The support industry for nurseries was represented not only by the sponsors of the event but by presentations by industry specialists. Gary Murdock-Brown focused on efficient nursery water use and diagnosing problems associated with blockages. Blockages restrict flow and increase the load on pumps, increasing energy use. Scale and biofilms are the main culprits. Lack of labour is always a restriction in nurseries. Vision-based robotics and nursery automation have increased production in some nurseries and are likely to be more widely used in future. Daniel Parsons and Luke Weisenberger outlined considerations for nursery owners preparing for automation.

A few of the exhibitors at conference
A few of the exhibitors at conference

No industry can be successful without qualified staff. The ‘one-size-fits-all’ approach to education and training is no longer best practice according to Robert Davies from Wollongbar TAFE. Recognised qualifications are achievable by a variety of methods. Classroom-based ‘face to face,’ accredited short courses, ‘digital online’ delivery and workshops, or blended delivery combining all of the above with workplace assessment can lead to a recognised qualification in horticulture.

Being close to the Queensland border, red imported fire ants are affecting the free flow of nursery products. John McDonald from Greenlife Industry Australia presented the latest information about the control of this imported pest that had had a significant impact on southeastern Queensland. John suggested despite the nursery industry being blamed for distribution and being unfairly targeted, the actual culprit is the movement of soil and fill used mainly for new housing developments and roads.

Hospitality during the nursery tours was also first class. I look forward to these visits. Go Grow Services, a growing media producer, gave us an insight into media production and how the business was affected by fires and floods. Contamination by unwanted materials such as building waste and asbestos is of concern.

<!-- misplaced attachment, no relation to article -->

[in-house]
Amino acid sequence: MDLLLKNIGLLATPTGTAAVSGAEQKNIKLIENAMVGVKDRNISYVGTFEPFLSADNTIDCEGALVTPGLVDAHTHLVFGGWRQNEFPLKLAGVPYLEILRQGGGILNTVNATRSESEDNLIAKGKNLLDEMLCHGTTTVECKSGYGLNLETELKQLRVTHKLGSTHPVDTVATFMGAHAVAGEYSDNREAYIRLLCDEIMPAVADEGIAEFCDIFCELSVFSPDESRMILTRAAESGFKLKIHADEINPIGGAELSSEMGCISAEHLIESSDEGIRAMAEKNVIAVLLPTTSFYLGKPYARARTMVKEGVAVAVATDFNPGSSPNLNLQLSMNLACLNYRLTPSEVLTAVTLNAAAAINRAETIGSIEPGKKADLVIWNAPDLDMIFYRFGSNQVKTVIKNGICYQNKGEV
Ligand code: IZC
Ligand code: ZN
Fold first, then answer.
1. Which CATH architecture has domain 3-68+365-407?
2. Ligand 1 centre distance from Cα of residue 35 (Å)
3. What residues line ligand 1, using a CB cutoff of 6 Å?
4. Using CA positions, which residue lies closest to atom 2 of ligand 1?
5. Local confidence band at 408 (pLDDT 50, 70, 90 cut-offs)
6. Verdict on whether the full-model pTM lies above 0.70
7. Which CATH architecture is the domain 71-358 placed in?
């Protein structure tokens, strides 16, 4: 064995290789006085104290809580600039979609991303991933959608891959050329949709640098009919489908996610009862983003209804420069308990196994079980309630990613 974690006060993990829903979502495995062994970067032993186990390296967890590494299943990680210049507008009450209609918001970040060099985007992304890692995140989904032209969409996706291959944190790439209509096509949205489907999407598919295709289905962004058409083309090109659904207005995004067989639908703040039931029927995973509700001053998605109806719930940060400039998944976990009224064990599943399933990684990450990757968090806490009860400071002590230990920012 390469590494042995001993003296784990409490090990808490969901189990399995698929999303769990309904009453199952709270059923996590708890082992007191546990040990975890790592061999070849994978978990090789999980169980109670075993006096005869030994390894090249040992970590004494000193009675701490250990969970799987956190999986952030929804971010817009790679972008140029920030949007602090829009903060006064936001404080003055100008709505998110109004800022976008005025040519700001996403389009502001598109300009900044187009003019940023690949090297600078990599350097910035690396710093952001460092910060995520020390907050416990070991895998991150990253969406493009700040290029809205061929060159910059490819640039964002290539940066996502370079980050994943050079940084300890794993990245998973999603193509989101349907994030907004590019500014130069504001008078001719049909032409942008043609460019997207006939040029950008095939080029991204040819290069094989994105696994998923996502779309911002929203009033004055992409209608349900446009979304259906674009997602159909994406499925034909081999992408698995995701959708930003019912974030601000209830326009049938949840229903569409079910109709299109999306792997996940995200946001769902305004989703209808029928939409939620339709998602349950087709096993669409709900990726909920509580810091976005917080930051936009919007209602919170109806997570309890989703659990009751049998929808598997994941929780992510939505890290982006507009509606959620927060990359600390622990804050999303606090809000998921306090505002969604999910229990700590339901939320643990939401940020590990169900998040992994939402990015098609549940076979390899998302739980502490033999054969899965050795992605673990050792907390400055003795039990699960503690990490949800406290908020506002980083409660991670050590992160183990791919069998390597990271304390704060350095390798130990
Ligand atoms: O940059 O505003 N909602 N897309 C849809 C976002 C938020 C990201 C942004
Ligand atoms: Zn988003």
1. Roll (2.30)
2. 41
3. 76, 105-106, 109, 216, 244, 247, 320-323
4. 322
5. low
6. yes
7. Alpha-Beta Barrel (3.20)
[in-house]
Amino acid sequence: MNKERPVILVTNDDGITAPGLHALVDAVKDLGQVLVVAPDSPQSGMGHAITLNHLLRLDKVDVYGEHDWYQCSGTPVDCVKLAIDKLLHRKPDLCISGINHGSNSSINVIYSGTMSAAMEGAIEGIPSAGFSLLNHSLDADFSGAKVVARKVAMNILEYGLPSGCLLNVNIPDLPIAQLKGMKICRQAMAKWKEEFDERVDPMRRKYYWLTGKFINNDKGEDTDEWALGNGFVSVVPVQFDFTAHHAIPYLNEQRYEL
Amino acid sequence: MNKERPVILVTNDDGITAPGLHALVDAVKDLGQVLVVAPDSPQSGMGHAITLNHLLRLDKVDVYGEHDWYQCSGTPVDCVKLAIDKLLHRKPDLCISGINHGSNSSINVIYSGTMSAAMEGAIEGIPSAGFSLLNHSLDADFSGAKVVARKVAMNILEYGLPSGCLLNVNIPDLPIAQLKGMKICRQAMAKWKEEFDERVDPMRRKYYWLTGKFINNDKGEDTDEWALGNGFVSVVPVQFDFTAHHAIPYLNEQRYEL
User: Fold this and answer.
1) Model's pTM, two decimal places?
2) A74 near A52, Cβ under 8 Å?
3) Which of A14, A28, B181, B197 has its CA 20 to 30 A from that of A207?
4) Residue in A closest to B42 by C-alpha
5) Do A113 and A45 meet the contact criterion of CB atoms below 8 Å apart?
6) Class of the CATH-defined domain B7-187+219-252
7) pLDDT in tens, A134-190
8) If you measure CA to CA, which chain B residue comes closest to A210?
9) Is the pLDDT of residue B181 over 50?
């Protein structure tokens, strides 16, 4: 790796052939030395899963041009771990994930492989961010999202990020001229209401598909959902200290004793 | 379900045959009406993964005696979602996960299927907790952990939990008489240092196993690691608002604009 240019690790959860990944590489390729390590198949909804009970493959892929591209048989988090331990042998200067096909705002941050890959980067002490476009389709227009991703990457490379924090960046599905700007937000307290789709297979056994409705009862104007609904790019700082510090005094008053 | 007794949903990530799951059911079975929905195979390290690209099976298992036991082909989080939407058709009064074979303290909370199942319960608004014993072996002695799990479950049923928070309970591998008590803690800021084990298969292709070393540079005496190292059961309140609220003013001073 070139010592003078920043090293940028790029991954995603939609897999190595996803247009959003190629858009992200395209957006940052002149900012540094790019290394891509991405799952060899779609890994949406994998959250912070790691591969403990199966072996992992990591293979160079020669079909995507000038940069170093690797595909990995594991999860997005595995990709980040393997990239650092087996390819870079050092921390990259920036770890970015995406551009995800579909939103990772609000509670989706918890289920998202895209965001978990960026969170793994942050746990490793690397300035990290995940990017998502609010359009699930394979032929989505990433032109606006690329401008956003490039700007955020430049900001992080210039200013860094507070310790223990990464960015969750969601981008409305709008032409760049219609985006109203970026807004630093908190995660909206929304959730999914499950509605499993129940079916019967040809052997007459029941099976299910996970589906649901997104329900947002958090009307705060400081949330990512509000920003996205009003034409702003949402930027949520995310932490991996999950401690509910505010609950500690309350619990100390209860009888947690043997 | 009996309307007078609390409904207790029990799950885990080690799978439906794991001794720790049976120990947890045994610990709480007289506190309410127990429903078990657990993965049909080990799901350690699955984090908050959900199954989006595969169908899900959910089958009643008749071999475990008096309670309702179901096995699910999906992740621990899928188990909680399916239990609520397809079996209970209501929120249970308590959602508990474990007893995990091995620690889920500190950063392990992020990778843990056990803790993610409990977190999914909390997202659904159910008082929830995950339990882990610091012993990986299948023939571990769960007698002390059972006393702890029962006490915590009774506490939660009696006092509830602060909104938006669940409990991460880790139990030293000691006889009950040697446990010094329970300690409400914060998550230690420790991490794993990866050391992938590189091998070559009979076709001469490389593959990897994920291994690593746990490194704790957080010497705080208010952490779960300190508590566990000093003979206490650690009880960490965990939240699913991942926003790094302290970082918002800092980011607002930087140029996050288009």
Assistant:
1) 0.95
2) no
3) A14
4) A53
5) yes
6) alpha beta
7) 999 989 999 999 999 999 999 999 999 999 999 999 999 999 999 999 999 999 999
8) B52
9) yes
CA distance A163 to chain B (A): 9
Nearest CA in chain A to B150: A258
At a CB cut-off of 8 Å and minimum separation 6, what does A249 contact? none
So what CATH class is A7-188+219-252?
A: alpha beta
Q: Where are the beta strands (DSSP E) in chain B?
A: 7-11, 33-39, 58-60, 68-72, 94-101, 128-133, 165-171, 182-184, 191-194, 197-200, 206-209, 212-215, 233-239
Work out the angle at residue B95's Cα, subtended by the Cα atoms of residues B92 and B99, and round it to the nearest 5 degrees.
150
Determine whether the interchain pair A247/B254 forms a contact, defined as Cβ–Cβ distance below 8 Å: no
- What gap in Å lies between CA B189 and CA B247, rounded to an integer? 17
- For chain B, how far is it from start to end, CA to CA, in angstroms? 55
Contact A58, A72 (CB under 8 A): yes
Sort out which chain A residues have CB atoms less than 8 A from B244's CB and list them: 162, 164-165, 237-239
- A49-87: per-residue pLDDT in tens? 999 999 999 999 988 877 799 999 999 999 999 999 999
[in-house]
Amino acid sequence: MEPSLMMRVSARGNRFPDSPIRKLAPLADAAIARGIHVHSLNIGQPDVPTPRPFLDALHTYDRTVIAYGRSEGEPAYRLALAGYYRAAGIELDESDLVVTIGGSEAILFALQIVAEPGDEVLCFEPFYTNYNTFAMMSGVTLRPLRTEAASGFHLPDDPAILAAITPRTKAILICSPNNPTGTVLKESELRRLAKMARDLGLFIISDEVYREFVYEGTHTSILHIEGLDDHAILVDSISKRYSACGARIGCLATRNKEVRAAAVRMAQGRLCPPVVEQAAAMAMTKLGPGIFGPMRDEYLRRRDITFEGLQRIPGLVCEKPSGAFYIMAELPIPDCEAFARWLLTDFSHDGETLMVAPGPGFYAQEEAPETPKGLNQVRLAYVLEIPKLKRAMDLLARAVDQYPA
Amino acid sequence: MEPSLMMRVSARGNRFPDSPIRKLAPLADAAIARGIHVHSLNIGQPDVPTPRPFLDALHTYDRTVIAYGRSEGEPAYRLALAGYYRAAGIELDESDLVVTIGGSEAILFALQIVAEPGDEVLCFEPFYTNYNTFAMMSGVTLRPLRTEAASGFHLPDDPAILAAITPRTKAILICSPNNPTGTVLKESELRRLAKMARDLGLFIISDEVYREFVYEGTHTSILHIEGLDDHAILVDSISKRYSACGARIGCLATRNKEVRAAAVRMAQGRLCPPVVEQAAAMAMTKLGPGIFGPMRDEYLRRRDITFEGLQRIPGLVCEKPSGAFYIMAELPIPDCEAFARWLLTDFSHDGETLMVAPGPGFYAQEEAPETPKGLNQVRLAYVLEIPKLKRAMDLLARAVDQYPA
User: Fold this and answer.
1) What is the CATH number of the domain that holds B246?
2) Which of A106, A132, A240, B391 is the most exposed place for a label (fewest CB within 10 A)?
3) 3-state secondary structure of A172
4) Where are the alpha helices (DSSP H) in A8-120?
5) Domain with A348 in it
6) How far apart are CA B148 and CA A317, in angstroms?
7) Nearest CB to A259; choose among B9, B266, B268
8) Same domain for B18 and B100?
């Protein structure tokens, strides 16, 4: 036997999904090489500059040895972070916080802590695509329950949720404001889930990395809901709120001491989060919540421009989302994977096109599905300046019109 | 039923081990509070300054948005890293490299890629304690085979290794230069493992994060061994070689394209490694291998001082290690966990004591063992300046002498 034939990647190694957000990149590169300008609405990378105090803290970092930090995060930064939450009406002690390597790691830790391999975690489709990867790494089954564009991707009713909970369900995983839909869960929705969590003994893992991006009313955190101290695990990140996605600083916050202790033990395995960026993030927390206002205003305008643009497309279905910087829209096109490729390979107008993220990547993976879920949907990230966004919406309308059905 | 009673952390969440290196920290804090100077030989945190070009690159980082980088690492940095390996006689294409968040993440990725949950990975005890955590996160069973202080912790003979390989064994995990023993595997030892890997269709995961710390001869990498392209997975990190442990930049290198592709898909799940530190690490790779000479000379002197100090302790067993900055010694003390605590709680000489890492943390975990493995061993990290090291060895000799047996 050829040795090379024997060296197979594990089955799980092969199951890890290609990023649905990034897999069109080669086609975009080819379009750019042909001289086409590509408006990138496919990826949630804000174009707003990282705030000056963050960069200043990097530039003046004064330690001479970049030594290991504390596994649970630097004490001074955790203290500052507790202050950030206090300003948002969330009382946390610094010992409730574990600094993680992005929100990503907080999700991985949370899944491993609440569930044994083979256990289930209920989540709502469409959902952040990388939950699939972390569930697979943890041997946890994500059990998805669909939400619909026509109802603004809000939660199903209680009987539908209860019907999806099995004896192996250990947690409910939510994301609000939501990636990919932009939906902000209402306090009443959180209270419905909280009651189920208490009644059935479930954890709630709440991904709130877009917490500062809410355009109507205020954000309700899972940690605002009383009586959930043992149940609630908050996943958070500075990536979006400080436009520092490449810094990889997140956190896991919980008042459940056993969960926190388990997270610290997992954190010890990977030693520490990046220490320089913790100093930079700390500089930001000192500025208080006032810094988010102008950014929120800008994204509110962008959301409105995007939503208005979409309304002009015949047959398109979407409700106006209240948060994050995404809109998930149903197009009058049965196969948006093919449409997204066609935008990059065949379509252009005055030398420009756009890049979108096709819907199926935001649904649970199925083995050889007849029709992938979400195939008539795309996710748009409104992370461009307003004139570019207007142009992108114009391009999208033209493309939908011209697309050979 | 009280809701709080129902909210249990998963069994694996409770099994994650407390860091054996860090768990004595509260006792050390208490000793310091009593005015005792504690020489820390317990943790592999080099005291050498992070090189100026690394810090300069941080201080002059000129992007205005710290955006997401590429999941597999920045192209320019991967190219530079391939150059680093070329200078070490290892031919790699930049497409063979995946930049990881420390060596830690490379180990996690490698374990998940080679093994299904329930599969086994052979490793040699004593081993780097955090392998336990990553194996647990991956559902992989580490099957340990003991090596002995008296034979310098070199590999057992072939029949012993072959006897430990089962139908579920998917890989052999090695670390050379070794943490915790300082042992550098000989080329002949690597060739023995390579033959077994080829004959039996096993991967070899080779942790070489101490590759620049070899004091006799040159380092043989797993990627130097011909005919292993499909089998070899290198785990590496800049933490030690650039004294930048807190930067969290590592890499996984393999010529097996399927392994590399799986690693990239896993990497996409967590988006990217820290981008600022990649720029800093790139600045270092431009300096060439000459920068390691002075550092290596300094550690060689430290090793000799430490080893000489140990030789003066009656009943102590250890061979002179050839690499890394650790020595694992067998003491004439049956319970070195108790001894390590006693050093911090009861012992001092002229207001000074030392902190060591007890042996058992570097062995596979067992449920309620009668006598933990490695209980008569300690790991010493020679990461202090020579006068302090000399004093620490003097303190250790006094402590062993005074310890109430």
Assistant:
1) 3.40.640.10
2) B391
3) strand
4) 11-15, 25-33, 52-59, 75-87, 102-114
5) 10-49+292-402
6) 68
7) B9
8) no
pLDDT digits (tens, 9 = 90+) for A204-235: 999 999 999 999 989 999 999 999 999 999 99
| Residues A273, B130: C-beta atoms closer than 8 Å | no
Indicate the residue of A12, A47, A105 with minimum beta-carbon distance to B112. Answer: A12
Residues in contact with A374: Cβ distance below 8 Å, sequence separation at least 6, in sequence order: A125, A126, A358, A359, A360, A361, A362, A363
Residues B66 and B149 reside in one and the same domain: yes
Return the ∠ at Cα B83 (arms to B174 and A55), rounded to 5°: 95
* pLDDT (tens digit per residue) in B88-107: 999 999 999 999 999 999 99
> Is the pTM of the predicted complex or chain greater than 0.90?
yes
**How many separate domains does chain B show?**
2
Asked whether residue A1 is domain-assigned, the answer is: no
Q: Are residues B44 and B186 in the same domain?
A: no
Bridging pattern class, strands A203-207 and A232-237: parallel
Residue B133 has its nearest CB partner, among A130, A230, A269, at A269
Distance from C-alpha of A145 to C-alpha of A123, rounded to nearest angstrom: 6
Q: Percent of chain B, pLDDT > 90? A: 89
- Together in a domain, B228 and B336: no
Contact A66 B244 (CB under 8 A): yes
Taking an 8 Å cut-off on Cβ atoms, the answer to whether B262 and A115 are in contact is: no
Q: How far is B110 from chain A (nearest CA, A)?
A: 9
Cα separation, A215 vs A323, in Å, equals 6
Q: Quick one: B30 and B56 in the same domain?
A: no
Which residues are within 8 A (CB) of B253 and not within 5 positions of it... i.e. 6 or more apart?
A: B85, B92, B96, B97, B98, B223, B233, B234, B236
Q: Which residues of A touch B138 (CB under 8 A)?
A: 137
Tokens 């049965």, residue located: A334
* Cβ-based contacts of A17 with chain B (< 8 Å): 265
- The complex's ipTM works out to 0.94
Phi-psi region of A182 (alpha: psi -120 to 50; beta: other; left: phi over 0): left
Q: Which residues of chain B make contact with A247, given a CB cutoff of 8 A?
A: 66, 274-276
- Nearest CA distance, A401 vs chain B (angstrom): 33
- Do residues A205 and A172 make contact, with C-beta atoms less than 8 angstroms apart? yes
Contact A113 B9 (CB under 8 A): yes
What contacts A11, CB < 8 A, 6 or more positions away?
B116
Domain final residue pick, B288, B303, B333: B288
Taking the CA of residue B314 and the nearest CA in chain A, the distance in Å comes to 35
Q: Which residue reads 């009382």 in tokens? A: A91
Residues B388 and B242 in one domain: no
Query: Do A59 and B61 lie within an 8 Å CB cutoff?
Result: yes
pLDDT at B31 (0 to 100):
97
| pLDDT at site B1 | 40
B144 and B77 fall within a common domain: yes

Delegates learn about bamboo at Bamboo World Nursery
Delegates learn about bamboo at Bamboo World Nursery

How do you tell the difference between running and clumping bamboo? Ask the helpful staff at Bamboo World. Picnic lunch at Parkers Place was in an idyllic location set among gardens and shade trees. The tour group also visited Alstonville plants, with their extensive collection of Hoya plants and more, as well as Pearce’s Nursery that housed an impressive selection of cacti and succulents among other things.

The gala dinner was held on Friday evening. As always it was a lot of fun as it  not only includes award presentations but is also the night of the auctions.

The Silver Secateurs have raised many dollars to support youth in the industry
The Silver Secateurs have raised many dollars to support youth in the industry

Thanks to the successful bidders as they were very generous. Proceeds of the auction help fund the Southern African exchange program. Josh Waterworth was the successful bidder for the ‘Silver Secateurs.’ The silver secateurs are held by the successful bidder for a year and are returned each year to the conference, and re-offered at the following conference. I do not know how much money these secateurs have raised over the years but it is a worthy cause. Thanks also to the auctioneer Clive Larkman and his Six Pack assistants.

The award winners were:

Steve Vallance Pewter Tankard Award – Dermot Molloy

Edward & Mary Bunker Award – Karen Smith

Rod Tallis Memorial Youth Award – Lisa Wightwick

Award of Honour – David Hancock

Honorary Life Membership – Michael Gleeson

Anita Boucher Award – Lisa Wightwick

All images supplied by Karen Smith